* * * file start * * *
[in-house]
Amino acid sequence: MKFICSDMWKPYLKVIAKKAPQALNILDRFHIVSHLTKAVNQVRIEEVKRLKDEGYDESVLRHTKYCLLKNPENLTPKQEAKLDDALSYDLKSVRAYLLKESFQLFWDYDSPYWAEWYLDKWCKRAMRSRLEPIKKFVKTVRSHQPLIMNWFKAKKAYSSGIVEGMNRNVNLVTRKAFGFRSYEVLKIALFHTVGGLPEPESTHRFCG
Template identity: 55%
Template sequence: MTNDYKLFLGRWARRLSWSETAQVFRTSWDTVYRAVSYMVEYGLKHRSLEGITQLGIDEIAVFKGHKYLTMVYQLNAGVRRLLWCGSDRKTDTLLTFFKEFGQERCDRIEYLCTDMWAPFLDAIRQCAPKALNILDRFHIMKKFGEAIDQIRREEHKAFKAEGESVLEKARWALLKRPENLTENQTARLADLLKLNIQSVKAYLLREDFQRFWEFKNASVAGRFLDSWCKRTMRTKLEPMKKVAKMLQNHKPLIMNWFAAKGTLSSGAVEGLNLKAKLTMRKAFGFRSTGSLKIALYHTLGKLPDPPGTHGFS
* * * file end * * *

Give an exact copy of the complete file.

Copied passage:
[in-house]
Amino acid sequence: MKFICSDMWKPYLKVIAKKAPQALNILDRFHIVSHLTKAVNQVRIEEVKRLKDEGYDESVLRHTKYCLLKNPENLTPKQEAKLDDALSYDLKSVRAYLLKESFQLFWDYDSPYWAEWYLDKWCKRAMRSRLEPIKKFVKTVRSHQPLIMNWFKAKKAYSSGIVEGMNRNVNLVTRKAFGFRSYEVLKIALFHTVGGLPEPESTHRFCG
Template identity: 55%
Template sequence: MTNDYKLFLGRWARRLSWSETAQVFRTSWDTVYRAVSYMVEYGLKHRSLEGITQLGIDEIAVFKGHKYLTMVYQLNAGVRRLLWCGSDRKTDTLLTFFKEFGQERCDRIEYLCTDMWAPFLDAIRQCAPKALNILDRFHIMKKFGEAIDQIRREEHKAFKAEGESVLEKARWALLKRPENLTENQTARLADLLKLNIQSVKAYLLREDFQRFWEFKNASVAGRFLDSWCKRTMRTKLEPMKKVAKMLQNHKPLIMNWFAAKGTLSSGAVEGLNLKAKLTMRKAFGFRSTGSLKIALYHTLGKLPDPPGTHGFS